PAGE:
Open web advocates: Get off your high horse

Open web advocates: Get off your high horse

Summary: Brendan Eich had a post about the open web and the threat that rich, proprietary technologies posed to it. It got me fired up because I see a business value to having some of these technologies belong to one vendor. In the desktop world, the two software philosophies coexist and I don't see why the web can't be the same way.

TOPICS: Browser

First off, Brendan Eich is a smart guy. Hell, he's about a million times smarter than I am, so I'm willing to believe that I might not understand some of the subtler nuances to his post, The Open Web and Its Adversaries. That said, I think a lot of the people who keep talking about the "open web" need to come down and stop belittling companies like Adobe and Microsoft for their "closed web" rich solutions. I hate the term "closed web". It's as if those of us who support these rich technologies are espousing some kind of old boys club and don't want to let anyone else in. It's a little bit insulting and while the merits of open source and open standards are undeniable, wanting everything on the web to be open is unrealistic.

I'm having dinner with Ted Leung tonight, and I'm excited to talk to him about RIA technologies and openness, but I take issue with the tone of Brendan's post yesterday. Good, open conversation is important (see Zelenka, Anne) but I don't think Brendan's was constructive. The issue I see is that when Brendan talks about "the web" he's talking about the web in a browser. I don't believe the browser is as important to the web as it once was. It used to be that the browser WAS the web, but that simply isn't the case any more. The web has expanded to be a medium used for instant messaging, rich media, and most importantly application delivery.

The web isn't just a bunch of hobbyists and scientists showing things off. Businesses are building storefronts on the web and developers are creating enterprise level web applications. Open source is a great thing, but there are reasons people choose "vendor lock-in"; things like reliability, support and accountability. In the case of Flash, long time Flash developers know what to expect from the player. When I invest in development tools from Adobe, I know they'll work flawlessly with the player. When I pay to use the On2 codec, I know everyone with Flash 8 and higher can see my video. Those are business decisions that people using Flash make. They bought into it knowing it was proprietary and for many, that's part of the allure. On the desktop, open source and proprietary solutions coexist just fine. The web can be the same way, and the rhetoric of lamenting a "closed web" doesn't do anyone any good.

Topic: Browser

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  • And what you seem to forget...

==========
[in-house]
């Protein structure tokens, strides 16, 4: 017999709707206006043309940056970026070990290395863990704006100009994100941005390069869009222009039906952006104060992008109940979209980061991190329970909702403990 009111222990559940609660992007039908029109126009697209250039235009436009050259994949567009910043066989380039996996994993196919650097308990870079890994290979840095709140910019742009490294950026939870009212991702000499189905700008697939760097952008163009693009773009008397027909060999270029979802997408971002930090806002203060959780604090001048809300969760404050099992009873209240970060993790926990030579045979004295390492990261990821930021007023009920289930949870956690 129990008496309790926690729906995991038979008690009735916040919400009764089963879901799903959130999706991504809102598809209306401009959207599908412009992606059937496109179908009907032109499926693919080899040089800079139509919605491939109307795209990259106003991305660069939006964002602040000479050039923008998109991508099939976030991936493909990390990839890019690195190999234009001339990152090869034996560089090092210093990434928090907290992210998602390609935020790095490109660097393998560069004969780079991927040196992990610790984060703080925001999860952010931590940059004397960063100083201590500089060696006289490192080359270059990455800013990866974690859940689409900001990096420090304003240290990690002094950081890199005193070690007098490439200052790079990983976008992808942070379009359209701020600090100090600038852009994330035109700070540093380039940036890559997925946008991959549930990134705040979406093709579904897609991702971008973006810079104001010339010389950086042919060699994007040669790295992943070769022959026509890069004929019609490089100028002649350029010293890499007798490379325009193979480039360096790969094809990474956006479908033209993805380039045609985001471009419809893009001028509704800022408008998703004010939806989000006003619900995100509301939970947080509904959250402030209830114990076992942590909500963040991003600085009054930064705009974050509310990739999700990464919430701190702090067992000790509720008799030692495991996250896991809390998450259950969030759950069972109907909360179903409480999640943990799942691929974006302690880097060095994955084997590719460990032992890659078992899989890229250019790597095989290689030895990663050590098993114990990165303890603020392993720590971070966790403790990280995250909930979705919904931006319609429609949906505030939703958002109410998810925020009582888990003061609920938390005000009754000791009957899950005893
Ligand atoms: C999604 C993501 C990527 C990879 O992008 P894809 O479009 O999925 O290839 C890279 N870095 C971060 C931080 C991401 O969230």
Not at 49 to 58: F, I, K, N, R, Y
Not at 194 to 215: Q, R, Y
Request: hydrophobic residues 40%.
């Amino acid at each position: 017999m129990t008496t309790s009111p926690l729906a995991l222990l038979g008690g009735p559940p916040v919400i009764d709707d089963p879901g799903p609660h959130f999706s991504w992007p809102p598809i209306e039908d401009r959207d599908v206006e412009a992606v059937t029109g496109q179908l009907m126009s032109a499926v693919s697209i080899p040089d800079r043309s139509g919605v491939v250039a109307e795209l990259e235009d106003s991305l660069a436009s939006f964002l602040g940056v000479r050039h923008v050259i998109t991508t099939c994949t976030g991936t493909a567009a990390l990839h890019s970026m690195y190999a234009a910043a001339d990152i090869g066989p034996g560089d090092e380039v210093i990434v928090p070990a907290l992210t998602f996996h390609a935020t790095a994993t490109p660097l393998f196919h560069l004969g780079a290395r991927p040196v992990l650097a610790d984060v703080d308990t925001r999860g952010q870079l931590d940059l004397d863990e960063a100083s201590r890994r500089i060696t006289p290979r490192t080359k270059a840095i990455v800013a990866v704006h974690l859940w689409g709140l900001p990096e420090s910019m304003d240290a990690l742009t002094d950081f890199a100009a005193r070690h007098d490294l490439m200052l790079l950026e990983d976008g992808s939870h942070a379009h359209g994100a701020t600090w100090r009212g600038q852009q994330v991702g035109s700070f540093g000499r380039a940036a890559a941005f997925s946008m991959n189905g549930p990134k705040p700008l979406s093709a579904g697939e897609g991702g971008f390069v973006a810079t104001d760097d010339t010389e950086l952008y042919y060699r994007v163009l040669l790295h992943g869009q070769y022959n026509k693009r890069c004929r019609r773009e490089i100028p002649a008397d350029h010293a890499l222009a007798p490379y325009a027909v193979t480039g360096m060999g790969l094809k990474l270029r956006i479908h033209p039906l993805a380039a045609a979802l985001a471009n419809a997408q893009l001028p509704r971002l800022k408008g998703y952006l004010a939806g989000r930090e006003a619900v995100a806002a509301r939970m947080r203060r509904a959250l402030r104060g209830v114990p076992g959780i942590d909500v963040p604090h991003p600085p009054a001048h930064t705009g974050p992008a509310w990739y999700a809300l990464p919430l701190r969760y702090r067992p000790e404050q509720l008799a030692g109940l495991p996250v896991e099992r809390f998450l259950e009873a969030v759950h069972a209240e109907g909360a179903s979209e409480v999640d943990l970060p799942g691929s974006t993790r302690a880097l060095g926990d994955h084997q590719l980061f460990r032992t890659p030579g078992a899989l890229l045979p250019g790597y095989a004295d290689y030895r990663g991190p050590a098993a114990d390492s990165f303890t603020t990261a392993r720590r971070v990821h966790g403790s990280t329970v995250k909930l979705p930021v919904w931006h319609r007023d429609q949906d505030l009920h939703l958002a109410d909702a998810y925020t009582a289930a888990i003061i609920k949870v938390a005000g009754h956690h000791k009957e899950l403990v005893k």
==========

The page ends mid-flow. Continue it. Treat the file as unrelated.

... is that "open" forces competition and improves product quality through competition. "Closed" allows products to languish and be charged at disproportionate prices. Although there was no price tag involved, look at the neglect Internet Explorer suffered at the hands of Microsoft until Firefox came along.

    The "closed" web would, given time, just stagnate into a bunch of protectorates where innovation would be stifled and the customer would suffer in the long run.

    Why do you think there is so much pressure to move to open standards?
    • And what you seem to forget...

      Umm, why does competition only happen when systems are open? It doesn't. Close systems can compete as well, which is why I'm looking forward to "WPF/E". Flash has been great, but WPF/E is going to provide some competition.
      • Again, who is allowed to compete? With the closed web, only big companies

        can compete, and prices are kept high, with low quality and less innovation.

        The reason for the closed APIs and protocols is to restrict compatition, NOT enhance it.
        • You must work for free!

          The reason they are closed is because MS & Adobe pay engineers to do R&D to make possible what was previously impossible or extremely difficult. In the current world economy, they would be stupid to give it away.
          • Sure, MS and Adobe like it when there is restricted competition!!! They can

            keep prices high!!!

            But, there is no rocket science in the APIs and protocols like MS and Adobe would like you to think. They only want private ones to disadvantage competitors.

            That said, so far, Adobe has had to play nice, since they do not have a desktop monopoly, but, what if the balance shifted, and we were heavily dependent on Adobe for the "interactive web". Can we depend on them doing the right thing?
  • Uhhh isn't the main goal as a business to make money?

    Great post Ryan,
    If folks feel so strongly about 'closed' software solutions, then speak with your wallet - don't buy it. But, at the same time, don't cry foul because there is no 'open' solution.